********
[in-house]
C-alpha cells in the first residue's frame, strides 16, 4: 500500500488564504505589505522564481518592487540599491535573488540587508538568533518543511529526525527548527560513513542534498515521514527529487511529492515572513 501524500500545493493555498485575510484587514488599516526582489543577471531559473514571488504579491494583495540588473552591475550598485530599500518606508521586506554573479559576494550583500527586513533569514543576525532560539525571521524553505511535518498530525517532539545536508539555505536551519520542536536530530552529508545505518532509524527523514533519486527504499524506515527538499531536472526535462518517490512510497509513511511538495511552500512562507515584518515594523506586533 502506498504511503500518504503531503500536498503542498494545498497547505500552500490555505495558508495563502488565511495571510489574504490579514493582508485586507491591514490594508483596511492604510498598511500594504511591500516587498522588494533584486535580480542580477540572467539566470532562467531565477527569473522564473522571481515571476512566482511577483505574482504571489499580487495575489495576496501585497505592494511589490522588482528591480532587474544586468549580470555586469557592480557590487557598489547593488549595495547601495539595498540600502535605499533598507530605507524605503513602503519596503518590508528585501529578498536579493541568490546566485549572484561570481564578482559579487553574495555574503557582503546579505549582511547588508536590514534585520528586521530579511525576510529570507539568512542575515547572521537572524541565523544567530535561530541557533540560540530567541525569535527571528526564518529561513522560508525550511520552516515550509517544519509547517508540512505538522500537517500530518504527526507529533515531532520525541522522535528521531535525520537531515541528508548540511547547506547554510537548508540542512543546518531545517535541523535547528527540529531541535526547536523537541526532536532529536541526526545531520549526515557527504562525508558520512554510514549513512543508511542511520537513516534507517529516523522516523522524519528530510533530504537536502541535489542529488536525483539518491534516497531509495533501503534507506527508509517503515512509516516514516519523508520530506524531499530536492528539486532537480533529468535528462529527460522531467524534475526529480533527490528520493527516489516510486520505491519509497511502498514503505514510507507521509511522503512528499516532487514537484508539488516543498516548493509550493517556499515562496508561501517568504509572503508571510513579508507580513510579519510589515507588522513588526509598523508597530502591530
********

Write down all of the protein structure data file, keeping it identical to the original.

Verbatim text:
[in-house]
C-alpha cells in the first residue's frame, strides 16, 4: 500500500488564504505589505522564481518592487540599491535573488540587508538568533518543511529526525527548527560513513542534498515521514527529487511529492515572513 501524500500545493493555498485575510484587514488599516526582489543577471531559473514571488504579491494583495540588473552591475550598485530599500518606508521586506554573479559576494550583500527586513533569514543576525532560539525571521524553505511535518498530525517532539545536508539555505536551519520542536536530530552529508545505518532509524527523514533519486527504499524506515527538499531536472526535462518517490512510497509513511511538495511552500512562507515584518515594523506586533 502506498504511503500518504503531503500536498503542498494545498497547505500552500490555505495558508495563502488565511495571510489574504490579514493582508485586507491591514490594508483596511492604510498598511500594504511591500516587498522588494533584486535580480542580477540572467539566470532562467531565477527569473522564473522571481515571476512566482511577483505574482504571489499580487495575489495576496501585497505592494511589490522588482528591480532587474544586468549580470555586469557592480557590487557598489547593488549595495547601495539595498540600502535605499533598507530605507524605503513602503519596503518590508528585501529578498536579493541568490546566485549572484561570481564578482559579487553574495555574503557582503546579505549582511547588508536590514534585520528586521530579511525576510529570507539568512542575515547572521537572524541565523544567530535561530541557533540560540530567541525569535527571528526564518529561513522560508525550511520552516515550509517544519509547517508540512505538522500537517500530518504527526507529533515531532520525541522522535528521531535525520537531515541528508548540511547547506547554510537548508540542512543546518531545517535541523535547528527540529531541535526547536523537541526532536532529536541526526545531520549526515557527504562525508558520512554510514549513512543508511542511520537513516534507517529516523522516523522524519528530510533530504537536502541535489542529488536525483539518491534516497531509495533501503534507506527508509517503515512509516516514516519523508520530506524531499530536492528539486532537480533529468535528462529527460522531467524534475526529480533527490528520493527516489516510486520505491519509497511502498514503505514510507507521509511522503512528499516532487514537484508539488516543498516548493509550493517556499515562496508561501517568504509572503508571510513579508507580513510579519510589515507588522513588526509598523508597530502591530